I went to the RA exhibition in 2014 and the massive work in the space was truly overwhelming, to see Kiefer's work in a book does not make you really understand it. Being in front of the work you almost become part of it, it consumes you, takes you in and you feel something profound. I have cried in front of these works. In relation to my own work here I am also (in a much much smaller way) attempting to use photographs on wood. The reason for choosing wood is that wood had a history, through the grain, you can feel the years it has a beauty and by embedding the image into the wood It feels as if the image becomes part of a new history. I will write more about this as I go along but I am very interested in using ritual magic and the Kabbalah as Kiefer has done in his images and I will be exploring the subject matter of the photography in more detail in later posts.
Prodger M. (12/09/2014) The Guardian, Inside Anselm Kiefer's astonishing 200-acre art studio [Online] Available from: https://www.theguardian.com/artanddesign/2014/sep/12/anselm-kiefer-royal-academy-retrospective-german-painter-sculptor (Accessed 04/08/20)
Royal Academy (2020) Anselm Kiefer: A Beginner's Guide [Online] Available from: https://www.royalacademy.org.uk/article/anselm-kiefer-a-beginners-guide (Accessed 04/08/20)
Rosenthal M. (1987) Anselm Kiefer, The Art Institute of Chicago and the Philadelphia Museum of Art. Chicago & Philadelphia
Thursday, 30 July 2020
I have now experimented and really thought about what I would like to explore for my project this term. My project sign off can be found here: Project Sign Off
Thinking more about the physical aspect of the image it used to be quite powerful to tear up or destroy physical photographs obviously now much more difficult! Natasha Curuana in her Fairytales for Sale, removed the faces from the images of women selling their wedding dresses. She used these in her project to create a new narrative on the nature of women as a bride and beyond 'The image, however, undergoes a transformation from wedding photograph to sales image - and as this change takes place. the bride loses her identity. She loses face' (Rogers & Houghton: 2017. P55)
Although not directly related to the work I am carrying out I thought the concept of the change in the use of the images was interesting and how this affected the viewers' perception of the images. Context is everything and perhaps exploring out of context images could be a further area to explore!
Natasha Caruana (2020) Fairytale for Sale [Online] Available from: https://www.natashacaruana.com/fairytale-for-sale (Accessed 30/07/20)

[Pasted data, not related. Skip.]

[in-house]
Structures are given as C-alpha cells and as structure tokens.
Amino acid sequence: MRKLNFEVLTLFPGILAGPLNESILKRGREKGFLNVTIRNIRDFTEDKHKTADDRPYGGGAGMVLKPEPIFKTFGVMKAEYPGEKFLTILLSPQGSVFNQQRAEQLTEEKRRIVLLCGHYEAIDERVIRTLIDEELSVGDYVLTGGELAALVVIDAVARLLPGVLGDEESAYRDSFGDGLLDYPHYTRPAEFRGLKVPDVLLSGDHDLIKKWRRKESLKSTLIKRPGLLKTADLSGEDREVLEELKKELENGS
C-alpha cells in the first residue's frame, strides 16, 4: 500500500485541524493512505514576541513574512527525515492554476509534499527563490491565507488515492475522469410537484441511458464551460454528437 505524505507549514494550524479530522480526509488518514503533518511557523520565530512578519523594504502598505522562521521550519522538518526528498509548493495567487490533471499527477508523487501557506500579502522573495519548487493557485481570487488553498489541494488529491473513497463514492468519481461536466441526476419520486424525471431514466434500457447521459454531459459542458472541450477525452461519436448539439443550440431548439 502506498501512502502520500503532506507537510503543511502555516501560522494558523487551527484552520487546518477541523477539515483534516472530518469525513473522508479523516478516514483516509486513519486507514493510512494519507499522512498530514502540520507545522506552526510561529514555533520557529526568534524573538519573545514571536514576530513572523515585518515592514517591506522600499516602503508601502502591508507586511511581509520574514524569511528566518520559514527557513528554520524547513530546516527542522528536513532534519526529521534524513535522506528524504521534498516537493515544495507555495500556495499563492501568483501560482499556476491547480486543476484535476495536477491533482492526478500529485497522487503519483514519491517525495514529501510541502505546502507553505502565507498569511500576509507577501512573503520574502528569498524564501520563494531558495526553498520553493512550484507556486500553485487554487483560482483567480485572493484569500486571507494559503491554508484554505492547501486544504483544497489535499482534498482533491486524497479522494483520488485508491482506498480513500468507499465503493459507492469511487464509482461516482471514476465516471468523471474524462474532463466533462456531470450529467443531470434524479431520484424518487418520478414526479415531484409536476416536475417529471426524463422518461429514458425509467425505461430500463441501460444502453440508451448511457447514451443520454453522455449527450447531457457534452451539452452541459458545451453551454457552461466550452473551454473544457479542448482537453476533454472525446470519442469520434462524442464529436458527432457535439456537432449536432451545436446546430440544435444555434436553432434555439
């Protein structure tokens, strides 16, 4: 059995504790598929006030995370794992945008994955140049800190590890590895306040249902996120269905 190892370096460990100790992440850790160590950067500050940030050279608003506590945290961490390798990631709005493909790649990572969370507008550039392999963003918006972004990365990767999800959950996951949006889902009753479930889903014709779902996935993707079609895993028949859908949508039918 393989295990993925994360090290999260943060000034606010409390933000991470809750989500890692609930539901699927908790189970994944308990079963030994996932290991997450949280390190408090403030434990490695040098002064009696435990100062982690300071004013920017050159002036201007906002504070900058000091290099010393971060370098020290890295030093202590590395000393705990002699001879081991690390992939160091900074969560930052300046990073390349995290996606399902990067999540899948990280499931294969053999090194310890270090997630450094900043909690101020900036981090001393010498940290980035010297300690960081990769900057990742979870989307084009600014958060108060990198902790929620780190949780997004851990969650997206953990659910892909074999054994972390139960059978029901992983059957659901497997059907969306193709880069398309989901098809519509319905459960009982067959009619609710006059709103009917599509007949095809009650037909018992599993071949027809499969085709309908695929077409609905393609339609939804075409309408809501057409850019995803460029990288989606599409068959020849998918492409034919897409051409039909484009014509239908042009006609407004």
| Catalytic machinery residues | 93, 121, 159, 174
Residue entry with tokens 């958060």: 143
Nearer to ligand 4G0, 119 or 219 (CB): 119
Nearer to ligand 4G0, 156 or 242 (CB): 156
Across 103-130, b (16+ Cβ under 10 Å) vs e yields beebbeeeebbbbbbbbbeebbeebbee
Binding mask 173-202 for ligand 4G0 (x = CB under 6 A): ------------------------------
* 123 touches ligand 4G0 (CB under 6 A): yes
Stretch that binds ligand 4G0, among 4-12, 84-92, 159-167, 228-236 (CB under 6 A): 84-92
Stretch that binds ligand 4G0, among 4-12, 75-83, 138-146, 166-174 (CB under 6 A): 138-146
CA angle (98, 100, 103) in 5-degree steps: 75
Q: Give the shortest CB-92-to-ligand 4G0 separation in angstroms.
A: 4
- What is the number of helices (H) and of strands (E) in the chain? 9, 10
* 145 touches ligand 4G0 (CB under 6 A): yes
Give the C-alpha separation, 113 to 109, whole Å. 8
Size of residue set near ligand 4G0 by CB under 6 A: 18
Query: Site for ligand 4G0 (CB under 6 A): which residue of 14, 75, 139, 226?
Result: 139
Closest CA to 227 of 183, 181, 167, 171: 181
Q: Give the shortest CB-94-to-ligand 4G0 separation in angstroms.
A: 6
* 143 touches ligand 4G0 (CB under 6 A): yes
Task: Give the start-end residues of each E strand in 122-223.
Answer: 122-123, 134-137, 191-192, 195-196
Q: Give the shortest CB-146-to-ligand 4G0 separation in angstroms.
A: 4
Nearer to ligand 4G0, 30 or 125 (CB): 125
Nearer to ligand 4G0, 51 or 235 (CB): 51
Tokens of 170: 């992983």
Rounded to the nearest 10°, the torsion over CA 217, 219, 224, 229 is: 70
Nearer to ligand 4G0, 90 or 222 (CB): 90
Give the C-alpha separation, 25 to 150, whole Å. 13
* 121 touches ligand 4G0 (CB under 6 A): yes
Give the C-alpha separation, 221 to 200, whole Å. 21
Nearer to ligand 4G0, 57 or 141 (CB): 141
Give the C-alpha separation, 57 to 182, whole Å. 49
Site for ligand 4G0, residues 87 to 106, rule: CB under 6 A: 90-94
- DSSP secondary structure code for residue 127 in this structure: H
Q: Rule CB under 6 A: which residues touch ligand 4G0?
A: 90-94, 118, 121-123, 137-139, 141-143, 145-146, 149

Rogers F. & Houghton R. (2017) Firecrackers: Female Photography Now, Thames & Hudson. London.
Wednesday, 29 July 2020
In the last post I worked on adding a photograph to the fabric in this post I will be adding a photograph to wood. To do this I will be using Decal. 'Decal is a shortened form of decalcomania, from the original French décalcomanie, a technique for transferring prints onto pottery.' (lexico.com: 2020)It is a form of transfer paper that again I can put through my printer. Being that we are in lockdown I have again scoured my house to find a suitable wood object that I would lie to transfer images onto. So here is the box that I have chosen:
16cm width x 7cm height
10cm x 10cm
I will now measure the dimensions of the box so that I can ensure the images can be resized to fit exactly as I would like them too - I will add the dimensions under each image.
Now for the images - a little while ago I made an army of dolls and these are the images I intend to place on the box
So I began by printing the images onto the Decal paper - I did this at high quality plain paper as instructed. I made these the right sizes for the box dimensions and printed at 300dpi
I then cut these out very carefully and placed them in a bowl of water - this releases the backing and makes them sticky for the box.
I then very carefully removed from the water the image - this is very thin translucent and delicate, I placed this on the wooden box in position and the with a clean paintbrush brushed turpentine onto the image so that it would adhere to the box and also become part of the wood
Once I had completed all sides I needed to leave these to dry for at least 24 hours to ensure I do not disturb the work.
Here are some images of the completed box...
I am actually very pleased about how these images came out on the box - they really embed into the wood and I am glad I chose to use coloured images here as the colour of the head works very well on the box. With this in mind I think this will be the process I will use in my final project for this term.
Lexico.com (2020) Definition: Decal [Online] Available from: https://www.lexico.com/en/definition/decal (Accessed 28/07/20)
Tuesday, 28 July 2020
As I have been discussing in my previous posts I wanted to explore materiality and the image so to do this I searched my drawers at home and I discovered that I had some T-Shirt transfer paper and some Decal for inkjet paper. In this post, I will go through the T-Shirt Transfer process.
The T-Shirt transfer paper is a fairly simple way of adding an image to material, as this is light T-Shirt transfer paper (just cheap stuff from Wilkinsons) the cloth/material needs to be white or pale/pastel coloured for this to work.